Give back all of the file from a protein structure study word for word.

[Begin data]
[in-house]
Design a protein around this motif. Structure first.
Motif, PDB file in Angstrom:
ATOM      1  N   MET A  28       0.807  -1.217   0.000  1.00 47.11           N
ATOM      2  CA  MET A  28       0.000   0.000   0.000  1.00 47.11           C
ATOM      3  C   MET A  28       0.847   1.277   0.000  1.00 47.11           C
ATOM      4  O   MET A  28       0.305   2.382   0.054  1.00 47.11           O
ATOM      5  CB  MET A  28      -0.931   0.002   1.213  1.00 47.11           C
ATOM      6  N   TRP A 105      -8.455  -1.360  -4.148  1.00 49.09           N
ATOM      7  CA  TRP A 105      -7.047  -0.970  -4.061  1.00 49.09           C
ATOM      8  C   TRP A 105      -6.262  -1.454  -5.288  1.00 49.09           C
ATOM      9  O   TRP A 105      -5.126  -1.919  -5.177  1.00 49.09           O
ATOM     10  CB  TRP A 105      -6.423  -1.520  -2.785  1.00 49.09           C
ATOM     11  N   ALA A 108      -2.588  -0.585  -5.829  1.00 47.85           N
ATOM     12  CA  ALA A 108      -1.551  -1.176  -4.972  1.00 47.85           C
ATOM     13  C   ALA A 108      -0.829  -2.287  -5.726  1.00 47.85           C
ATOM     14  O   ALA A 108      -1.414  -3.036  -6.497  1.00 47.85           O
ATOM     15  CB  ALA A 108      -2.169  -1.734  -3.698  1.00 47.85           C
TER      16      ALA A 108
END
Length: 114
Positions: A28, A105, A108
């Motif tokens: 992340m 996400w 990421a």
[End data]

[in-house]
Design a protein around this motif. Structure first.
Motif, PDB file in Angstrom:
ATOM      1  N   MET A  28       0.807  -1.217   0.000  1.00 47.11           N
ATOM      2  CA  MET A  28       0.000   0.000   0.000  1.00 47.11           C
ATOM      3  C   MET A  28       0.847   1.277   0.000  1.00 47.11           C
ATOM      4  O   MET A  28       0.305   2.382   0.054  1.00 47.11           O
ATOM      5  CB  MET A  28      -0.931   0.002   1.213  1.00 47.11           C
ATOM      6  N   TRP A 105      -8.455  -1.360  -4.148  1.00 49.09           N
ATOM      7  CA  TRP A 105      -7.047  -0.970  -4.061  1.00 49.09           C
ATOM      8  C   TRP A 105      -6.262  -1.454  -5.288  1.00 49.09           C
ATOM      9  O   TRP A 105      -5.126  -1.919  -5.177  1.00 49.09           O
ATOM     10  CB  TRP A 105      -6.423  -1.520  -2.785  1.00 49.09           C
ATOM     11  N   ALA A 108      -2.588  -0.585  -5.829  1.00 47.85           N
ATOM     12  CA  ALA A 108      -1.551  -1.176  -4.972  1.00 47.85           C
ATOM     13  C   ALA A 108      -0.829  -2.287  -5.726  1.00 47.85           C
ATOM     14  O   ALA A 108      -1.414  -3.036  -6.497  1.00 47.85           O
ATOM     15  CB  ALA A 108      -2.169  -1.734  -3.698  1.00 47.85           C
TER      16      ALA A 108
END
Length: 114
Positions: A28, A105, A108
């Motif tokens: 992340m 996400w 990421a």